Working Dog Forums banner

1 - 20 of 23 Posts

·
Registered
Joined
·
398 Posts
Discussion Starter #1
As you all know, I own a show dog. I'm pretty up front about that with people, and for it I receive a lot of flak. I'm prepared for that. But today I was told that my dog is also weak nerved, which is not something I have ever considered him to be. I think of him as very stable. He is not bothered by loud noises, car rides, crowds of people. The only thing that really bugs him so far are squirrels (he wants badly to eat them) and the banging sound the dishwasher makes (that's just unnatural, but he deals with it...just sort of looks at it when it bangs and either sniffs the dishwasher or walks off). It's been our experience that if something does startle him, he recovers pretty quickly, and nothing has ever made him tuck tail and run.

So I thought I'd pose the scenario to all of you in an effort to discuss just what constitutes weak nerves in a dog, and if those traits make the dog untrainable, or unworthy of work, or whatever.

So you also proably know that we're military and have just come from Germany. We made a huge move, very stressful on everyone involved. Our things were packed up Jan 4th, so Achilles spent two full days crated with people boxing up, taping, moving, being loud. Then more people came the next day to move temporary furniture in. Other than having a bad day at training theh following Saturday (new helper and he bit, but was coming off the sleeve before told), no effects. He had to stay with my mother for 4 days a couple of weeks later while we were on a trip. Right after that we had to leave the house and move into a hotel. He stayed with friends for those 5 days. We put him on a plane after picking him up from them (Feb 12th). 10 hour plane ride. We stayed with my dad one night, then my in-laws' for a month (where he was crated 80% of the time b/c thehy didnt' like him). Left there March 14th. Then he had to be boarded for 10 days at a kennel (so now it's March 25th), where they let him out in the run wtih other dogs after being told not to. We brought him to our brand new, empty house and he was suddenly dog aggressive and defensive (he would bark/growl/hackle at both dogs and people passing the house, and wouldn't let another dog get within 10 feet of him).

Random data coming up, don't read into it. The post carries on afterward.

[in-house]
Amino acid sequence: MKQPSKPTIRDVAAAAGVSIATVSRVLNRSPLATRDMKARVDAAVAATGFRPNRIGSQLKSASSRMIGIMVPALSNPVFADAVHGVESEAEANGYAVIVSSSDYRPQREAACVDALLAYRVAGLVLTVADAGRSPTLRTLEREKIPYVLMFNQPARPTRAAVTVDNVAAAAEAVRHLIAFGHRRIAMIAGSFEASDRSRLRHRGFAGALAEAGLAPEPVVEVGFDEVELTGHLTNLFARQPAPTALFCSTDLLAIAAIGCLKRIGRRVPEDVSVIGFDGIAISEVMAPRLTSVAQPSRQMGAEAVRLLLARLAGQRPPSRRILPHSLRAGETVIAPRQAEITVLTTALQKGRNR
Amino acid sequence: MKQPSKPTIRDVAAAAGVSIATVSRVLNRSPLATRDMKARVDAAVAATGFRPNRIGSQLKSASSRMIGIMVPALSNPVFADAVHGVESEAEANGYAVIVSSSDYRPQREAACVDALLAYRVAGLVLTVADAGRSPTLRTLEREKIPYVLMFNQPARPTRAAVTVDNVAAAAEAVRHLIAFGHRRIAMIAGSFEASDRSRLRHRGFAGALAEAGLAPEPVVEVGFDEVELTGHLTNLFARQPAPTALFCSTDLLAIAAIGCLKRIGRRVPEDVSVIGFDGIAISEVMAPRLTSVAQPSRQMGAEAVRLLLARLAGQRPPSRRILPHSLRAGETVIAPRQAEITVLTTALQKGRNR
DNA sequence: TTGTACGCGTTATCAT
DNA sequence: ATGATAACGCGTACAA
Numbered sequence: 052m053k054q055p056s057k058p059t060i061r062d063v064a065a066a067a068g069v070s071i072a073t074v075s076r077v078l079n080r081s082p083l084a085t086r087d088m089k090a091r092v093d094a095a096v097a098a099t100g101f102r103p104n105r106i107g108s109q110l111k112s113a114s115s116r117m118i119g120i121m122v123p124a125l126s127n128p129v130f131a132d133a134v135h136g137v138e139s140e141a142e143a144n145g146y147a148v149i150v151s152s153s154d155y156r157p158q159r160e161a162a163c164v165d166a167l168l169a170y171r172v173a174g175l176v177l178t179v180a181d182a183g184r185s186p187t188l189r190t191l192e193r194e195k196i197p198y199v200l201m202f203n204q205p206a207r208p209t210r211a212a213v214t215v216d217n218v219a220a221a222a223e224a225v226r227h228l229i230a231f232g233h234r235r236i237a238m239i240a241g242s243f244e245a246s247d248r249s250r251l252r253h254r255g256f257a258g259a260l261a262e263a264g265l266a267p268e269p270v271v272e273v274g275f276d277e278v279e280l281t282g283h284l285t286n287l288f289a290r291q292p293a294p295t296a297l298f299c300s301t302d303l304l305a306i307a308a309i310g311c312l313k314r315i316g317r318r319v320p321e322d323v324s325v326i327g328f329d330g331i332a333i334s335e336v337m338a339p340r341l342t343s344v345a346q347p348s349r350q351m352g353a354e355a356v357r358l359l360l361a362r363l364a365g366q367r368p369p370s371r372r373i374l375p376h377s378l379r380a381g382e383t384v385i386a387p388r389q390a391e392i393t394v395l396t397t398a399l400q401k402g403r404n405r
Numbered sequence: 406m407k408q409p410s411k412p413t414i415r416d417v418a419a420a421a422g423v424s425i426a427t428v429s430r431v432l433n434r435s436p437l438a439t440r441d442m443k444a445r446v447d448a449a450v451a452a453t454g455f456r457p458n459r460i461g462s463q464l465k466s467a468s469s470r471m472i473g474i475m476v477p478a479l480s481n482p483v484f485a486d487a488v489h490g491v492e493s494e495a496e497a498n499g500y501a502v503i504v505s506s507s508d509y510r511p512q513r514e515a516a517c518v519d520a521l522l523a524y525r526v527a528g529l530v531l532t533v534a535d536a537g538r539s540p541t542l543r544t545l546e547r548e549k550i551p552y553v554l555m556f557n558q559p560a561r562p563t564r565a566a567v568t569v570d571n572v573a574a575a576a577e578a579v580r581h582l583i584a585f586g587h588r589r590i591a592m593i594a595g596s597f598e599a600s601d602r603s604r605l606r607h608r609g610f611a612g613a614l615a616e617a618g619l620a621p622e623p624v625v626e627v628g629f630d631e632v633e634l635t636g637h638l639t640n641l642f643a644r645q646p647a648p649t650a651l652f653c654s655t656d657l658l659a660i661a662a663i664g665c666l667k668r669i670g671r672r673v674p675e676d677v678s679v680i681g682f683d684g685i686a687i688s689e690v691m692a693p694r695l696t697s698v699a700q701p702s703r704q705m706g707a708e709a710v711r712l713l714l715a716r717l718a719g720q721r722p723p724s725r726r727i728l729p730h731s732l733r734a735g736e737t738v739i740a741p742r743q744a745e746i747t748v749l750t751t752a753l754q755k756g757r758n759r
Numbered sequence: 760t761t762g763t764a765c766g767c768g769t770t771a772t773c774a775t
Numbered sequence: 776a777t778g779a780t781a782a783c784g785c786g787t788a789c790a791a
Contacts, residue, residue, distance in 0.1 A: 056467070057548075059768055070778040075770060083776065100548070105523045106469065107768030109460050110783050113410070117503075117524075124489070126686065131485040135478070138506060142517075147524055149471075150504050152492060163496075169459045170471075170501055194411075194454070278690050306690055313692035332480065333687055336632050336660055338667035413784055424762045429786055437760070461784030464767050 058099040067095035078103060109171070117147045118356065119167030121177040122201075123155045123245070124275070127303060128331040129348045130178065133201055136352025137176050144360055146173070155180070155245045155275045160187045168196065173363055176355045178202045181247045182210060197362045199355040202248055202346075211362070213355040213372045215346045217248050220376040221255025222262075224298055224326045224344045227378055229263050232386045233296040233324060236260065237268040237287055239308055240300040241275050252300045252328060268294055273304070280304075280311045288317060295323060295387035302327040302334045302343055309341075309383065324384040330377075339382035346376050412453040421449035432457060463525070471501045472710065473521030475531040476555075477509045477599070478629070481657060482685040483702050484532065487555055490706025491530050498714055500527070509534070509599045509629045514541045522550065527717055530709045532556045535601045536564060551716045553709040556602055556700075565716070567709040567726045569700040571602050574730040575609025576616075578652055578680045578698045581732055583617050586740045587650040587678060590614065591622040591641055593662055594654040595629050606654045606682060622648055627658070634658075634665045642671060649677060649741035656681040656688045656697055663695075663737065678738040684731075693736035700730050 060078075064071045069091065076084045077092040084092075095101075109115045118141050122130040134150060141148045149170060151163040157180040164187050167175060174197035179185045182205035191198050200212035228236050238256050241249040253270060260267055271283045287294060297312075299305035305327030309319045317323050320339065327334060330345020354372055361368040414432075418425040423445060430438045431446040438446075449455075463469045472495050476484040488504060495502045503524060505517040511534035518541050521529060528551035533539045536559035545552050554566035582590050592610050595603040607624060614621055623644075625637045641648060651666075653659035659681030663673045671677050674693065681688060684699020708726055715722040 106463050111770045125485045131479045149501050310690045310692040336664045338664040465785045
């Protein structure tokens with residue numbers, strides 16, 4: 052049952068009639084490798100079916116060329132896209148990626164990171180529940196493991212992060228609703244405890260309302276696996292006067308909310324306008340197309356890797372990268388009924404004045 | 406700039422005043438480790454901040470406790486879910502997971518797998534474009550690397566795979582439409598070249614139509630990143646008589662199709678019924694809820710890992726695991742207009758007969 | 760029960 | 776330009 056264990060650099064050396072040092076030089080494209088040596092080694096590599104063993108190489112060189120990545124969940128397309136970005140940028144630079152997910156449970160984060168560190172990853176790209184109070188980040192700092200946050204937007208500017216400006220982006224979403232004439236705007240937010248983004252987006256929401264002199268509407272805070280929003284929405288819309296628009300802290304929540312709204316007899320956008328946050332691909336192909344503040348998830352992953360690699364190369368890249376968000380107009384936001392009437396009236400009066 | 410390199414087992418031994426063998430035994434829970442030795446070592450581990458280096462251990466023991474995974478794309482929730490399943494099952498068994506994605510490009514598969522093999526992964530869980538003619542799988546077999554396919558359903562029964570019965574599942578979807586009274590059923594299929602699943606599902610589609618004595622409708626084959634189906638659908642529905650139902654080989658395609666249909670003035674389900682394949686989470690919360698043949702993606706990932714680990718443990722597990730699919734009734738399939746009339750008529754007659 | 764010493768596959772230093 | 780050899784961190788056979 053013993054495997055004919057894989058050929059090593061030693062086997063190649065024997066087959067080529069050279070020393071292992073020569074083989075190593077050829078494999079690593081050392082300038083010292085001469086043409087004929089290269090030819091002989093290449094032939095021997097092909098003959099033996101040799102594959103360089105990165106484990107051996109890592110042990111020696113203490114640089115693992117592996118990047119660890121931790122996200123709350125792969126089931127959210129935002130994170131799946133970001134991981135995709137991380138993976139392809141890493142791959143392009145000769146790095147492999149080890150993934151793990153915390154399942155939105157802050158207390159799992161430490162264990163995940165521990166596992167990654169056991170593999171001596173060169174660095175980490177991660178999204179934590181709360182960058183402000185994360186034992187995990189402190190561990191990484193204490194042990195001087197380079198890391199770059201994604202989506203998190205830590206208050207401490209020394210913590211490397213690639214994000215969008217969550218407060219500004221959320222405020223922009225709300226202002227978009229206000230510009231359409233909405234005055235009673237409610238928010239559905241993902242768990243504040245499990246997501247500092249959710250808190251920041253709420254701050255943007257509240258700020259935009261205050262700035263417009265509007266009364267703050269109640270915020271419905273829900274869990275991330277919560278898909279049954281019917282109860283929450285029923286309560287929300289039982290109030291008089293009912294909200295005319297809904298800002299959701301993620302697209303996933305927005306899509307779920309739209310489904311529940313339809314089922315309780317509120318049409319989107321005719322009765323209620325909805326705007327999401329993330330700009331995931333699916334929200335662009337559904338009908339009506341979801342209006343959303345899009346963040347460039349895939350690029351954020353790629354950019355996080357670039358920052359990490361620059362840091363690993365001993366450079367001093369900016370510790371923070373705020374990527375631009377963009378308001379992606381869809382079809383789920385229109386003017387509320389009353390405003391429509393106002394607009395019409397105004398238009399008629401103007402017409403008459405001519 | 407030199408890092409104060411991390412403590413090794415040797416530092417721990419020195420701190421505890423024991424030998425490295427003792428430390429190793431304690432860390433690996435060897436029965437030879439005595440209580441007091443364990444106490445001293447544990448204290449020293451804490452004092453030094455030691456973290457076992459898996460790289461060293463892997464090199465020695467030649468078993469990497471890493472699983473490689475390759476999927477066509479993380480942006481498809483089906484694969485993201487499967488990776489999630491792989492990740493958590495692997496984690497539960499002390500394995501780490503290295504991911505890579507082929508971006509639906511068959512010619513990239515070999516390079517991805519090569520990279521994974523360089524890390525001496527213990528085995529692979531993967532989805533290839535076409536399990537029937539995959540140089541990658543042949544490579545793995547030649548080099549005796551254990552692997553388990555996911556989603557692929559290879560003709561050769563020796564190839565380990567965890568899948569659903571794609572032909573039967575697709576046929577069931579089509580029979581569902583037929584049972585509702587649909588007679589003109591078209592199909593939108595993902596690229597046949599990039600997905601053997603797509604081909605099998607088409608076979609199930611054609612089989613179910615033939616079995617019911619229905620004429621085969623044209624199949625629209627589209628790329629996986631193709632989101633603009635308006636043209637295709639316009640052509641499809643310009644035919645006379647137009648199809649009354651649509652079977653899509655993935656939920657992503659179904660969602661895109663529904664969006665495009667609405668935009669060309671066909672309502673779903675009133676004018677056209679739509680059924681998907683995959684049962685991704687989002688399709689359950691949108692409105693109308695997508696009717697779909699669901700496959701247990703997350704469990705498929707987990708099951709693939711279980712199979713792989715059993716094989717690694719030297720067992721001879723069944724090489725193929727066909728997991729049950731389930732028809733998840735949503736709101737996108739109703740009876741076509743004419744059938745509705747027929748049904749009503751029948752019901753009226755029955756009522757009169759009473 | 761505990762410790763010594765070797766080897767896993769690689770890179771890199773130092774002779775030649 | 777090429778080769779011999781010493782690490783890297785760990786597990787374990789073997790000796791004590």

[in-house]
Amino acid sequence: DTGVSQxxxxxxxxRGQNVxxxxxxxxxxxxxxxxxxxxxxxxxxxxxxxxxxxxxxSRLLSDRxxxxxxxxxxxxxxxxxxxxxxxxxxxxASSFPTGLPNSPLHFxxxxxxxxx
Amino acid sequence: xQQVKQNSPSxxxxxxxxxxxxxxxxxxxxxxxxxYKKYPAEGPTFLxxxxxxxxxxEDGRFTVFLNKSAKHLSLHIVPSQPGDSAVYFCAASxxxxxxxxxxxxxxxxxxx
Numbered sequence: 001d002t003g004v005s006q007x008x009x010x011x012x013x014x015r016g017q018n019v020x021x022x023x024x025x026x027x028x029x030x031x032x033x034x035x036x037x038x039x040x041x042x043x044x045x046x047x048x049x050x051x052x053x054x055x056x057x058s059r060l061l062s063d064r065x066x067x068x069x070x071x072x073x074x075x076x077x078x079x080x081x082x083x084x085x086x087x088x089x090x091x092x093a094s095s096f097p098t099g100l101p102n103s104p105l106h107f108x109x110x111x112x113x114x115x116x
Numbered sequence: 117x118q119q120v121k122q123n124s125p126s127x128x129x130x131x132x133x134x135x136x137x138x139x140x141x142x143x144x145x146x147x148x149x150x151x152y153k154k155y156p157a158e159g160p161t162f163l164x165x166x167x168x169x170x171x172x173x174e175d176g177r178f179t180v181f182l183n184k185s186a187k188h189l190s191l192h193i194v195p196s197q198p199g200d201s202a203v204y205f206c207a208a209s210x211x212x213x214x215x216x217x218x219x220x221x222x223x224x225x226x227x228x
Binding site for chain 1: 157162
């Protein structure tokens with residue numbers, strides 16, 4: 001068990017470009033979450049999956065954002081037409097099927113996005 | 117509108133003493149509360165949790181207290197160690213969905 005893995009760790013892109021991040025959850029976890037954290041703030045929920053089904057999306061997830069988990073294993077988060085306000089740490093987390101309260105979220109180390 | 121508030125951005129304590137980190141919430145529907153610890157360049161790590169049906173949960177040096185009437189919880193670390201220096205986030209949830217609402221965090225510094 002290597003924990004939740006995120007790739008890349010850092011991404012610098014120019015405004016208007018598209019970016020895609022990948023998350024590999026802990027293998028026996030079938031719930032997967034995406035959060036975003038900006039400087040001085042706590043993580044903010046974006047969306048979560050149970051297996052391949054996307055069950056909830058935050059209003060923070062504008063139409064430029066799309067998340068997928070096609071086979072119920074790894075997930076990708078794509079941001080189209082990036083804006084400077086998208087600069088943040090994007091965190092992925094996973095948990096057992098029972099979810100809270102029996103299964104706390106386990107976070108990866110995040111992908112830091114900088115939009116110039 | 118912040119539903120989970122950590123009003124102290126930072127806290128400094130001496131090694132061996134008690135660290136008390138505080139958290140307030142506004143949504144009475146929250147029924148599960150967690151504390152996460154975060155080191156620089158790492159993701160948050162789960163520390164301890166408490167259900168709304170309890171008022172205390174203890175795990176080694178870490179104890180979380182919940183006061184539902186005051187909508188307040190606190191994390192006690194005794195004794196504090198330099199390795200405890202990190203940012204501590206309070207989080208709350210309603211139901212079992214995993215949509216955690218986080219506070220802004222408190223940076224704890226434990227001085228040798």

He is calmed down now with the help of training and no longer reacts to other dogs/people passing my our house with the bark/hackle/growl. He does bark at other dogs still, and we had a very hard time introducing Andi to our house. He tried to dominate her and it took him a week and a half to accept her.